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What makes this picture, and the entire gangster genre so appealing, is not only the compactness of the story (which runs only 83 minutes in the surviving Post-Code print), but the narrative’s ability to present its main character with a complexity that rarely is seen in other genres. The film follows the trajectory of Cagney’s life from childhood to death, so there’s an inherent investment from the audience — who curiously want to see him both rise, and perhaps inevitably, fall. Of course, the industry at the time feared the surge of gangster pictures was glamorizing these common criminals. The studio went so far as to put disclaimers at the beginning and end of the film — explaining that they are NOT glorifying these hoodlums, who indeed pose a serious public problem.

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I actually don’t think the picture needs these disclaimers; the film makes that statement on its own. Though we are fascinated by Cagney and are anxious to see what happens to his character, there’s no question that he is a bad guy. The complexity I mentioned above comes from our ability to see his motivations through the focus he’s awarded in the script. There’s less complexity in his actions, but that doesn’t hamper the entertainment value; it’s nice to see a character, a wrongdoer, without the modern insistence that he must be presented as “morally gray.” I mean, the current trend to over-dimensionalize villains is often counterintuitive to the story and seems to me, indicative of a team that’s more concerned with social significance than entertainment. I may be in the minority with that opinion, but sometimes, a wrongdoer should just be presented as a wrongdoer. And that doesn’t make him any less watchable.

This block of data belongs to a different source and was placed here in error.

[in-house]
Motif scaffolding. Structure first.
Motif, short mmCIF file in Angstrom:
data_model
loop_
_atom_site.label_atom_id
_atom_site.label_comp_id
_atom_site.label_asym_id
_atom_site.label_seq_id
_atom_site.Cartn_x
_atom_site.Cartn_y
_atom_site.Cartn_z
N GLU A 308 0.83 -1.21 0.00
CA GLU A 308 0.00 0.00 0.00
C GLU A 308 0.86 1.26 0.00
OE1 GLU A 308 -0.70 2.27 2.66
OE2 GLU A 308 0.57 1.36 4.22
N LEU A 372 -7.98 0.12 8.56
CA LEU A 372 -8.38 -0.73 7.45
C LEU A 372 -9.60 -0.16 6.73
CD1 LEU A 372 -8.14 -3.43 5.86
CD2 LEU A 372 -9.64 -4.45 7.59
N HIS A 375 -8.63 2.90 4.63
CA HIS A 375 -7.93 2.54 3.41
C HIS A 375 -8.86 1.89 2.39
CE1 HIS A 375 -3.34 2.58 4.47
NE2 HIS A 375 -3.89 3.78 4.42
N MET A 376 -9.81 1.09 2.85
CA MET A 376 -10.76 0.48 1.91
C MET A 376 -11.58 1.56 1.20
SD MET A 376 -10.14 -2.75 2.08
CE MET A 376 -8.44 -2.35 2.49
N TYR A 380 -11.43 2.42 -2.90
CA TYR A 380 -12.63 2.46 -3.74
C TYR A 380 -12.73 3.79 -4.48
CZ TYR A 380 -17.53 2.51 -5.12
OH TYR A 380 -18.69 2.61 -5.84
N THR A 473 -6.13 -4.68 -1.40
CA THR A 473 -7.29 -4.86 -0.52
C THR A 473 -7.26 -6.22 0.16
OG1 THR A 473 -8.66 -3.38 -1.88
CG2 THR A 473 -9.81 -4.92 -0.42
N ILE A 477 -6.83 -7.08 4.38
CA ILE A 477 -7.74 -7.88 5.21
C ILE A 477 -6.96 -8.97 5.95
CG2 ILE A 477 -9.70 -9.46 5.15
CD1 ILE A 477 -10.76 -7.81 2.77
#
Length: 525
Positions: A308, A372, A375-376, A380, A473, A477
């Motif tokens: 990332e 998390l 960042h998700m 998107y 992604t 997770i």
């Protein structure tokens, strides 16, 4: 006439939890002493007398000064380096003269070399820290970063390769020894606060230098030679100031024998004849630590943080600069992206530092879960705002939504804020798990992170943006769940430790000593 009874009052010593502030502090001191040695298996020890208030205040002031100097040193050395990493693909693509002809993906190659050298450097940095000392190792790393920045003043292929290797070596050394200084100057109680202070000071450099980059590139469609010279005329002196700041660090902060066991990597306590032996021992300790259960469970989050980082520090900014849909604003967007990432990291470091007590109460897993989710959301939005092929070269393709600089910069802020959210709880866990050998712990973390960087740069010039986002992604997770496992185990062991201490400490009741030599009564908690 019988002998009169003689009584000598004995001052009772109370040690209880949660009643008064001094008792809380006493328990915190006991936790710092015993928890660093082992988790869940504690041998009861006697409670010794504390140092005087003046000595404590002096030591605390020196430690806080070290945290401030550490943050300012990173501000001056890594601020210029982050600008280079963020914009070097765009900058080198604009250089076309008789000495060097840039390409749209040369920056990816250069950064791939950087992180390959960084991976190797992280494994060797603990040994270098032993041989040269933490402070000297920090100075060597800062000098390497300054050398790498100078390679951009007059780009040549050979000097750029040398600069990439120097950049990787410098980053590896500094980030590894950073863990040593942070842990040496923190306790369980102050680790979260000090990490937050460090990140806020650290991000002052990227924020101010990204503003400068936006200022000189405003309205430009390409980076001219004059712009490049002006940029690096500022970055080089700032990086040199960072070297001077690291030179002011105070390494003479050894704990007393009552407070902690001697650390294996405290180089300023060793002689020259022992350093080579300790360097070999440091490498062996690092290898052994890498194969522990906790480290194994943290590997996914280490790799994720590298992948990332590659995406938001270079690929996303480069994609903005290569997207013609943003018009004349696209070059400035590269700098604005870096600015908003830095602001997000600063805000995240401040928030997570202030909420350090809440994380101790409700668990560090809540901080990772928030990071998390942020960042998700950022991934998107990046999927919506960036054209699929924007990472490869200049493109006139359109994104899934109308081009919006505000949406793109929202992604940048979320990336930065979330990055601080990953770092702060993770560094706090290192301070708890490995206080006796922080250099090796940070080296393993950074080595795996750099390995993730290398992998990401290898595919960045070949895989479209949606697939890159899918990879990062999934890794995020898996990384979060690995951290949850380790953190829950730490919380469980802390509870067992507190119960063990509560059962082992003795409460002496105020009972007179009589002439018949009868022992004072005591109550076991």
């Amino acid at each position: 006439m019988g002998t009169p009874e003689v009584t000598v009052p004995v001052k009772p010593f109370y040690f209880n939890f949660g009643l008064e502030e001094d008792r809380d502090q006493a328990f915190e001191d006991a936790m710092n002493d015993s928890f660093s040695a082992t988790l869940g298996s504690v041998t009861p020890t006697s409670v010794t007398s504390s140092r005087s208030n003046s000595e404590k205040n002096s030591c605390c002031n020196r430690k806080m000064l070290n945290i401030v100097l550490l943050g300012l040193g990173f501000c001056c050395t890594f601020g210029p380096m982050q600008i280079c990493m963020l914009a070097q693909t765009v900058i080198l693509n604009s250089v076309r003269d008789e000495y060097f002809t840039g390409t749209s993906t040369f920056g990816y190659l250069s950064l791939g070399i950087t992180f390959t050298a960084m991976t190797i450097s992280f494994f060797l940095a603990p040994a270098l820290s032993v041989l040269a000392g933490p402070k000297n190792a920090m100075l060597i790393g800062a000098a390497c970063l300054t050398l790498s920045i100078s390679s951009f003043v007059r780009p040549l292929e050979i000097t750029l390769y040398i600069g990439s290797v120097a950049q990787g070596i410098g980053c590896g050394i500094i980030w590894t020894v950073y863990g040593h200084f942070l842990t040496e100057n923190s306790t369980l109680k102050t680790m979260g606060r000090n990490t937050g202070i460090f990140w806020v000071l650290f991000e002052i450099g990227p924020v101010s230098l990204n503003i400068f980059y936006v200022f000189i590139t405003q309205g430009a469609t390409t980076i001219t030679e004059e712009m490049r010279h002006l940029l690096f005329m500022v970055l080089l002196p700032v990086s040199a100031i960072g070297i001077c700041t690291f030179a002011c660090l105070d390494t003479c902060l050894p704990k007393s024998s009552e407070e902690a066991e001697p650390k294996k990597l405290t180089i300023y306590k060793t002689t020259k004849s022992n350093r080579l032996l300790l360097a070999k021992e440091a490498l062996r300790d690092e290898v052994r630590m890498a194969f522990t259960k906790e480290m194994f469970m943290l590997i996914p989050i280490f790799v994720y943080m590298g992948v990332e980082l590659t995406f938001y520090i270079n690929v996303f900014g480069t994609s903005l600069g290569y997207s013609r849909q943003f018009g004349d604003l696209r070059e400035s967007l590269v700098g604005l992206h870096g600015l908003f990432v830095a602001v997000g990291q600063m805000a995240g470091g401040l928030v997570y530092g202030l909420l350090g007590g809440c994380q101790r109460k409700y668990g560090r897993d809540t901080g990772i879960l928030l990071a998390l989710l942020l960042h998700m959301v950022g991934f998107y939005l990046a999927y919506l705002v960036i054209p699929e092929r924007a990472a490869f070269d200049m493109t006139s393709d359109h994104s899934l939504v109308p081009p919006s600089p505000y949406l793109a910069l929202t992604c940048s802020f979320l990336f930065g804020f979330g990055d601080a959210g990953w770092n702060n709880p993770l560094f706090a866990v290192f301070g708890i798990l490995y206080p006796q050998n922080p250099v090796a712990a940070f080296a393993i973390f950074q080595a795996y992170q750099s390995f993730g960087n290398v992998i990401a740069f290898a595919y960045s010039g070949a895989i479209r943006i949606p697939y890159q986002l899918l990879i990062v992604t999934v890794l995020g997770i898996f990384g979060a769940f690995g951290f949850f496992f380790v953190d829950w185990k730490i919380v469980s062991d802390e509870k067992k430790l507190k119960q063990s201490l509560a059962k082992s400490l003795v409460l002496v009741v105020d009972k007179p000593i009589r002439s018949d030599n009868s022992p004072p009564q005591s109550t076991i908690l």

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There’s no doubt, however, that there is a certain glamour afforded to Cagney’s character — he has money, power, and Jean Harlow! I’ve read that many critics felt like Harlow didn’t come into her own as an actress until the following year, but this picture, which gives her scant to do, makes it too difficult to tell. All I can say is she’s well-cast and has chemistry with Cagney.

But it’s the relationship between Cagney and Cook, who plays Cagney’s brother, that gives the picture it’s best human conflict, while the relationship between Cagney and Woods (who actually switched parts during Pre-Production!) provides emotional gravitas, and much discussed homosexual undertones. (This is separate from the overtone provided from the very effeminate tailor, not uncommon in Pre-Code cinema.) Cagney and Woods may have their share of women throughout the film, but they’re a partnership — closer to each other than to anybody else. As a result, their scenes are more interesting than Cagney’s scenes with the women of the film.